Fate Controlling Step: Allocation
Although we argue that for the protected OM in mineral soils, the composition of the microbial community is not important in controlling the rate at which SOM is processed, that does not mean community composition is not important in the fate of this material. While a molecule’s accessibility to a microbe is controlled by physical processes, once a microbe has taken it up, its fate is entirely under the control of that organism (Figure 1). Ultimately therefore, while catabolic potentials have limited role in controlling the turnover of mineral SOM, anabolic processes are unquestionably important (Liang et al., 2011). What do microbes do with the carbon they access? How do they allocate it? How do microbial C transformations further affect the composition of SOM? These are sensitive to microbial community structure.
The sensitivity of SOM turnover to anabolism is recognized implicitly even in large-scale biogeochemical models; although these models often lack any microbial carbon pool, and even when such a pool exists it is usually just a C reservoir, rather than a driver of decomposition (Manzoni and Porporato, 2009). In these models, when C moves from one pool to another, some is lost as CO2; the proportion of C-moved relative to C-lost is essentially equivalent to carbon use efficiency (CUE). In physiology, CUE is the fraction of substrate that is taken up that is assimilated immediately into microbial biomass (Allison et al., 2010). With simple compounds, the immediate CUE – usually measured by a short-term assay with an isotopically labeled substrate – is more a function of molecular structure than microbial community composition (Sugai and Schimel, 1993). The magnitude of CUE, however, is a function of time and physiological condition; stressed microbes can have a higher maintenance energy demand which functionally reduces CUE (Allison et al., 2010). Thus, how CUE and C-turnover respond to stress may be a function of microbial life history strategy and stress tolerance.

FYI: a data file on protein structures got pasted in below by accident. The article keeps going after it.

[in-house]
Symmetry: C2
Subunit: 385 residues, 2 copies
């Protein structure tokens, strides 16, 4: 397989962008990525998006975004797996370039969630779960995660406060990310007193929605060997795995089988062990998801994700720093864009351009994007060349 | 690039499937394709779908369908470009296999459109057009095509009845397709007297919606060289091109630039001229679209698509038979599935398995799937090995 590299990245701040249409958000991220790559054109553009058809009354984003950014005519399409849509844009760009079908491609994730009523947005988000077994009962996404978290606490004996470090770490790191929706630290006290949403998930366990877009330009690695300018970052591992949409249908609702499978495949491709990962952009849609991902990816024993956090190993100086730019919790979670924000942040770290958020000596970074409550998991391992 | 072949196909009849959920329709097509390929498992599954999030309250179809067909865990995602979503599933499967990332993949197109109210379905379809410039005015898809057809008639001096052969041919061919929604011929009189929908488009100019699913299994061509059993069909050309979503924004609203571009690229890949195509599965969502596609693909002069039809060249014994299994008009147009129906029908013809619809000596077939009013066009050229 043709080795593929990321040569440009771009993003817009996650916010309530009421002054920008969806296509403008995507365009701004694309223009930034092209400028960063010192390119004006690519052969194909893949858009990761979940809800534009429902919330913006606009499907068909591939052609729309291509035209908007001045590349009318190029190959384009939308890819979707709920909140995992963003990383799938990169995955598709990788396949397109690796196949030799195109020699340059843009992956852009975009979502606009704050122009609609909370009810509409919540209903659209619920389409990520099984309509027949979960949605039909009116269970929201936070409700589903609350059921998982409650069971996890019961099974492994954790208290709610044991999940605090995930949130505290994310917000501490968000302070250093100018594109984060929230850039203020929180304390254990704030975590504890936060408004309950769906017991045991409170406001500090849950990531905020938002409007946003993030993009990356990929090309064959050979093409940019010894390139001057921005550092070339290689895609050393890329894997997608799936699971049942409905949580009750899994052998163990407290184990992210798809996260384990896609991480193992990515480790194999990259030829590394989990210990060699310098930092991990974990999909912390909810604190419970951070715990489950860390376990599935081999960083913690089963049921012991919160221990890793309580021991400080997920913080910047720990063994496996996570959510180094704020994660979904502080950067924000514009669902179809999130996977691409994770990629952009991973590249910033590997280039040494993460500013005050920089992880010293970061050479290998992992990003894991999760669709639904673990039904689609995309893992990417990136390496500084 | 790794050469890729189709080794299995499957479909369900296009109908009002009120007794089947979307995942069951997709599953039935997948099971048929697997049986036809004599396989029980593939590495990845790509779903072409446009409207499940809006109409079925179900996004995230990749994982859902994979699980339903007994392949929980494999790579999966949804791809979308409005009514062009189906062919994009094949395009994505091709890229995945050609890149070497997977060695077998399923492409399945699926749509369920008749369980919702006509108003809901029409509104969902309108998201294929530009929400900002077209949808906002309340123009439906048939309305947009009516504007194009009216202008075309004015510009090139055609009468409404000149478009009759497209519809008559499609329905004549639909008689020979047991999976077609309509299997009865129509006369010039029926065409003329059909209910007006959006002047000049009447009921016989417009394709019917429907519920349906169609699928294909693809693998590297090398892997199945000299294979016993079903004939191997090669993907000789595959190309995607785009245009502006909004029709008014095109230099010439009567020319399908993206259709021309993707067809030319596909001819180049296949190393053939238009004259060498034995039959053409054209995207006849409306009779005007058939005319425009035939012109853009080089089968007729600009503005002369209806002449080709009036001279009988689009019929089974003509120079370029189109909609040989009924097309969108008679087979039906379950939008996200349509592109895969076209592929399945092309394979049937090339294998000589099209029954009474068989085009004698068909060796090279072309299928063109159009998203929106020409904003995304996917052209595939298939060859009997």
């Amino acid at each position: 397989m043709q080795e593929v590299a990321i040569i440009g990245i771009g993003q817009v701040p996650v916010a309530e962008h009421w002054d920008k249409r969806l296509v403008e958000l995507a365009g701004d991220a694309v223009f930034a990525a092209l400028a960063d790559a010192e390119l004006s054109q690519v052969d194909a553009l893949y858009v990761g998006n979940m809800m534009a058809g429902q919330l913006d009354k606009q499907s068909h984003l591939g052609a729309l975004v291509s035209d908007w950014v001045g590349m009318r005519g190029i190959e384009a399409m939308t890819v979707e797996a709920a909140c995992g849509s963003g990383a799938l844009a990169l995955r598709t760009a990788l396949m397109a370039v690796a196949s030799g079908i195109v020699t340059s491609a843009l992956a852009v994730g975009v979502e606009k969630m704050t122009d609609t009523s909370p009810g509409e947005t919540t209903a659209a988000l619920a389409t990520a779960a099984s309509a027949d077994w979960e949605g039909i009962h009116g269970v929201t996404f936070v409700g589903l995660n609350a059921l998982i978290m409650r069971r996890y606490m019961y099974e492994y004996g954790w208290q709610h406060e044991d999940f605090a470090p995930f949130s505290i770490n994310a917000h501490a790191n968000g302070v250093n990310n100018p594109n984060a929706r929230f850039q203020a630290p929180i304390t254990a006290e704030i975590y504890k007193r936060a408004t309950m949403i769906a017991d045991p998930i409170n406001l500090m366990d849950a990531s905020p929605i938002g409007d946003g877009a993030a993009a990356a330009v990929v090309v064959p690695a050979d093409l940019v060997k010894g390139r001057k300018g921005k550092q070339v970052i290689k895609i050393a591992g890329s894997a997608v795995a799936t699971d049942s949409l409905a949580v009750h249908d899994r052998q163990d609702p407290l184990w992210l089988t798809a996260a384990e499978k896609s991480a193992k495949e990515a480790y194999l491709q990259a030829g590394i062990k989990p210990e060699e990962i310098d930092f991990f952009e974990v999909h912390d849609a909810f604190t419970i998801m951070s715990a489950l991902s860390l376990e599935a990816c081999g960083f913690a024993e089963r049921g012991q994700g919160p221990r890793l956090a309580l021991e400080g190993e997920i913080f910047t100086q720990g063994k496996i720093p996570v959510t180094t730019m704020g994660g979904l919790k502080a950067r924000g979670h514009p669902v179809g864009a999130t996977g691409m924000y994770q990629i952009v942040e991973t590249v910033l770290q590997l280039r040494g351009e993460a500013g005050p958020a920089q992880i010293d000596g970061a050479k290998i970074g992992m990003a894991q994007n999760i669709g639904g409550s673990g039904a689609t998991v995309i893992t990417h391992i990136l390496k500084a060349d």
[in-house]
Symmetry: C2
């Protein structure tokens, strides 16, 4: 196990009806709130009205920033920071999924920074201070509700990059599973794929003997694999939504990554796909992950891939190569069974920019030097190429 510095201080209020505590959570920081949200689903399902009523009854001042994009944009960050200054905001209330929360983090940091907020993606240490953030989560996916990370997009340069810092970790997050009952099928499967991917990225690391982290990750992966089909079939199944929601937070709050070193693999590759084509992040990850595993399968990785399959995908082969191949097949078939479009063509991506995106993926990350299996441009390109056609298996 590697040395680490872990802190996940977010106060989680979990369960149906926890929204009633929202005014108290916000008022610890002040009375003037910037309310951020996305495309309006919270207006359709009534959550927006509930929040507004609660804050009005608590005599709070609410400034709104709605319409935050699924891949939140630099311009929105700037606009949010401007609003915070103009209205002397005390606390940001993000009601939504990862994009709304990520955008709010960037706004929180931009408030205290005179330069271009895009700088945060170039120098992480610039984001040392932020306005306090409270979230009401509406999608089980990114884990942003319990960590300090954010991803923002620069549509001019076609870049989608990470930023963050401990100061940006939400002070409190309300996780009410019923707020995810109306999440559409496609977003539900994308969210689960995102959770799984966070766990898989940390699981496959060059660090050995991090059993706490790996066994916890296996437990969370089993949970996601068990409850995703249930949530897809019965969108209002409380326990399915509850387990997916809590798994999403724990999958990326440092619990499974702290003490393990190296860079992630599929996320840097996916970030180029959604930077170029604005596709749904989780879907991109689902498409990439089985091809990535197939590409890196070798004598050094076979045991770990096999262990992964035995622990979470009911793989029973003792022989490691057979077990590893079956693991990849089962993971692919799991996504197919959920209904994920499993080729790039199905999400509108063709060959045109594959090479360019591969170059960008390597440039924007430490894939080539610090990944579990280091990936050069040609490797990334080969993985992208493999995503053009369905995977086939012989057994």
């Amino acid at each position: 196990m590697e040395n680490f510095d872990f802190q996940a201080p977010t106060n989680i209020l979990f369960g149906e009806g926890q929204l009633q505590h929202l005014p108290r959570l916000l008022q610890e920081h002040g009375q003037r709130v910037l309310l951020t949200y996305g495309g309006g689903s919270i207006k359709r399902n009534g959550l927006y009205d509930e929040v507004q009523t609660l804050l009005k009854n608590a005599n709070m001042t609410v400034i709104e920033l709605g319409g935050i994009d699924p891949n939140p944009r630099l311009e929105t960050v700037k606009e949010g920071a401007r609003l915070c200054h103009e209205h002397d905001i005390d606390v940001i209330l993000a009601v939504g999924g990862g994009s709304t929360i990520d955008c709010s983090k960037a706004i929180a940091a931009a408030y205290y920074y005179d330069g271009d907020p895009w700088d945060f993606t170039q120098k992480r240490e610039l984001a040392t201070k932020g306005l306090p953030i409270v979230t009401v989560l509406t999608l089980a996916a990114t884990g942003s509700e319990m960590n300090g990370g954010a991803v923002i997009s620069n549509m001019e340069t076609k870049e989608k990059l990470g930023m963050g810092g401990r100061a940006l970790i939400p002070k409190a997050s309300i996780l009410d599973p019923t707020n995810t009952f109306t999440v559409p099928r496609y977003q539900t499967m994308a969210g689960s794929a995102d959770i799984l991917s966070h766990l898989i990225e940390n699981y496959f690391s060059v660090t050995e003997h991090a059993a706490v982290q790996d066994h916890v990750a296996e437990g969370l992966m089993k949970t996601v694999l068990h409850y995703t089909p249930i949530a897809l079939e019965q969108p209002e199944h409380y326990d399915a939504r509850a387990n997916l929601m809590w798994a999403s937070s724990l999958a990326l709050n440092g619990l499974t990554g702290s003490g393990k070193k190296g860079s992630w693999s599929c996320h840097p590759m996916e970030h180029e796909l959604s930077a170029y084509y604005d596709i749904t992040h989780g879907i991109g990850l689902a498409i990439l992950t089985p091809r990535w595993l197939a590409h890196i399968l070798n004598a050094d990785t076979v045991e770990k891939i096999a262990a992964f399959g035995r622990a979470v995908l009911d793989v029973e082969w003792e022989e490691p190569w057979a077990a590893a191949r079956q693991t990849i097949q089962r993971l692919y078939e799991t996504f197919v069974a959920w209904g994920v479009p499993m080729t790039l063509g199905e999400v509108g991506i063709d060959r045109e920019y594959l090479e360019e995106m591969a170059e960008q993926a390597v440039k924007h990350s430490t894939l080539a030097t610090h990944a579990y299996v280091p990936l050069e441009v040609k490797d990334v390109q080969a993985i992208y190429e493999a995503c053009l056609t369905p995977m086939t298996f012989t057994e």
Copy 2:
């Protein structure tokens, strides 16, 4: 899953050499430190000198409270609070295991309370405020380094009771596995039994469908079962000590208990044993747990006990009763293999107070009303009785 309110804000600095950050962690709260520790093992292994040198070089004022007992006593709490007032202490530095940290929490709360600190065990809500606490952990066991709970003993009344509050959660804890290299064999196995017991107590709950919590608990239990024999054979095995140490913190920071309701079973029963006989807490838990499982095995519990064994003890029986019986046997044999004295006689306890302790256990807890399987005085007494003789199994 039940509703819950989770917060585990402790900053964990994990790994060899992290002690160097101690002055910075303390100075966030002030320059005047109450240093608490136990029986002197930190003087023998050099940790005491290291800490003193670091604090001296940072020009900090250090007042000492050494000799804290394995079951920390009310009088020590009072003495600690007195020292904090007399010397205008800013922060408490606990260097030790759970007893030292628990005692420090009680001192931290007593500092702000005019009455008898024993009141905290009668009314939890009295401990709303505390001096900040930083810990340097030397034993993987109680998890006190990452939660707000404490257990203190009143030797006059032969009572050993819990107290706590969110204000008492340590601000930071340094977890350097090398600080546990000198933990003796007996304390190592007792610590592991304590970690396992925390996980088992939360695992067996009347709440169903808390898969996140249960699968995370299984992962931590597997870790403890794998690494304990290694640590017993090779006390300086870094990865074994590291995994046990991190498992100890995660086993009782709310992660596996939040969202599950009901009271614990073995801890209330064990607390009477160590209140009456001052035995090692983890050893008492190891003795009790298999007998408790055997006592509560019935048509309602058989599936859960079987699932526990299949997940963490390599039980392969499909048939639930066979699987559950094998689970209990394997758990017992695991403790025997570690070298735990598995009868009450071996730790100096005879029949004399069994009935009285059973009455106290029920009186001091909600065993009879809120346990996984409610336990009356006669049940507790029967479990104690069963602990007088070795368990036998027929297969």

Microbes, however, do more with substrate than just convert it to “biomass.” Rather, they synthesize a variety of products that affect the functioning of ecosystems. A select few of these include:
C.Cell wall polymers: amino sugar-based peptidoglycan and chitin
D.Stress response compounds: osmolytes, cryoprotectants, chaperones etc. (Schimel et al., 2007).